The original Rudd video
As we reported in February 2012, Kevin Rudd took responsibility for the video of himself swearing, but said the timing of the leak was 'unusual.'PT2M7S http://www.canberratimes.com.au/action/externalEmbeddedPlayer?id=d-1tgqs 620 349 February 19, 2012
The Australian Federal Police is still talking to potential witnesses over the leaking of a video featuring an angry, swearing Kevin Rudd, after additional people were identified by the former prime minister.
The video, filmed in 2009 when Mr Rudd was prime minister, was leaked in February last year, further inflaming Labor's leadership tensions. It showed outakes of Mr Rudd recording a message in Mandarin.
It was anonymously uploaded on YouTube on a Saturday evening, soon after one of Mr Rudd's supporters had called on Prime Minister Julia Gillard to stand down.
The AFP investigated the leak last year, and announced it had finalised its work in October.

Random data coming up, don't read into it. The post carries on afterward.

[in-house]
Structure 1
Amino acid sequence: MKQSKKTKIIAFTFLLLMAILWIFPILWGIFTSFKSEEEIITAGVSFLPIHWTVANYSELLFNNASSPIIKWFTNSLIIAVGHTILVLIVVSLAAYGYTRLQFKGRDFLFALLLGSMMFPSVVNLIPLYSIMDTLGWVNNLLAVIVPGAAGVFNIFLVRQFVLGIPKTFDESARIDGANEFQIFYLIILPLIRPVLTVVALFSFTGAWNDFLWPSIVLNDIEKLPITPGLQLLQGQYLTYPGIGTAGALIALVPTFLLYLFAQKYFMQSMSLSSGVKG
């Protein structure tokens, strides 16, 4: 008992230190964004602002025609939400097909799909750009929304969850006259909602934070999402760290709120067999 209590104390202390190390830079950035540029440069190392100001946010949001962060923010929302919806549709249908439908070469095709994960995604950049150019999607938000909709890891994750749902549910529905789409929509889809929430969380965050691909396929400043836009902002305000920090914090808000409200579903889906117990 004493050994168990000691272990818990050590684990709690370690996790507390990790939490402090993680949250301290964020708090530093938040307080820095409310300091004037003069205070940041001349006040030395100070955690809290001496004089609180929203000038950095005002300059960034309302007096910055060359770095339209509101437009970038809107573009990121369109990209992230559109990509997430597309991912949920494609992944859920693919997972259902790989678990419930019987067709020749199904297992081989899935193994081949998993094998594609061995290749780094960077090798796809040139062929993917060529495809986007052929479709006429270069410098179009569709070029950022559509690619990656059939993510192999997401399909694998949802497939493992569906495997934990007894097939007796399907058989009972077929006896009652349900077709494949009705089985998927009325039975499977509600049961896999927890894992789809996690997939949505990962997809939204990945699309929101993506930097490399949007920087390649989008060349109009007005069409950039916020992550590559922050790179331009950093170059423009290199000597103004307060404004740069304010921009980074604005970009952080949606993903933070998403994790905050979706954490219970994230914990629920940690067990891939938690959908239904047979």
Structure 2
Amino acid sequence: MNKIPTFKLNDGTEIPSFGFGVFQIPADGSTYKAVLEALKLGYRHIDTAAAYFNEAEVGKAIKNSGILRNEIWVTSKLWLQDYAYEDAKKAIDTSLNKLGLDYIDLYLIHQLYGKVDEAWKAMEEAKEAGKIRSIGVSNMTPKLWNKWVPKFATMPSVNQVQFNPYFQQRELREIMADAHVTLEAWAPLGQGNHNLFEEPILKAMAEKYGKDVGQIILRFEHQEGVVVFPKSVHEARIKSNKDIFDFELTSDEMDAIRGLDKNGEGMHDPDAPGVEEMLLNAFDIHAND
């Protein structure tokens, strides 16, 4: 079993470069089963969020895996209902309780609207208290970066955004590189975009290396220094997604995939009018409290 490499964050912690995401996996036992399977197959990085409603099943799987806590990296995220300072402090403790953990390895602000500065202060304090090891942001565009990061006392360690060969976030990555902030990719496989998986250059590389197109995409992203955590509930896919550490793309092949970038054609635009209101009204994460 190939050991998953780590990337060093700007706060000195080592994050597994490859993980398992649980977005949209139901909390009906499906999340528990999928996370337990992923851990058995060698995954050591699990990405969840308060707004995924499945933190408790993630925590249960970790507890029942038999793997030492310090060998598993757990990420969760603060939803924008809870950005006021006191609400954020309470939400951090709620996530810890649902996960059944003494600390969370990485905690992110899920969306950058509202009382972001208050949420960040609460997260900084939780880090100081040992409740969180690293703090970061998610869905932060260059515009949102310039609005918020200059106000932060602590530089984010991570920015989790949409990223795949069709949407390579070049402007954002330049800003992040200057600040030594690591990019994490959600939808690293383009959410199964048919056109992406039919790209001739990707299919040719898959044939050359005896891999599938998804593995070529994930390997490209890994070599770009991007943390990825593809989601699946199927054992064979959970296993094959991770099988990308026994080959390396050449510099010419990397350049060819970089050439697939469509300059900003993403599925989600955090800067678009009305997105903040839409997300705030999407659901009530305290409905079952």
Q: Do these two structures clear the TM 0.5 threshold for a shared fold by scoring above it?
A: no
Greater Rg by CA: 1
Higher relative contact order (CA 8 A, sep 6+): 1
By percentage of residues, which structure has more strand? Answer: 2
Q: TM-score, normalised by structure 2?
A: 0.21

But concerns were then raised by Mr Rudd that the matter had not been thoroughly investigated.
On Tuesday, the AFP said that while the matter ''remained finalised'', it was ''talking to some additional people who were identified by Mr Rudd as being potential witnesses''.
It is understood these include former staff members of Mr Rudd's in 2009 and staff members of Ms Gillard's in early 2012.
A spokesman for Mr Rudd, who is travelling to the World Economic Forum in Davos, said that the Member for Griffith initially referred the matter for the police last year as it related to a ''possible theft and unauthorised used of Commonwealth information''.
The spokesman said that since the AFP finalised their investigation last year, ''further information has been drawn formally to their attention and as a result it is understood statements have been requested from various individuals to clarify these matters further''.
Last year, Ms Gillard said that her office did not have access to the material that was put on YouTube and that any suggestions her office was connected with the leak were ''completely untrue''.
The secretary of the Department of Prime Minister and Cabinet, Ian Watt, sent a statement to staff last year, saying an internal review showed the video had not come from the department.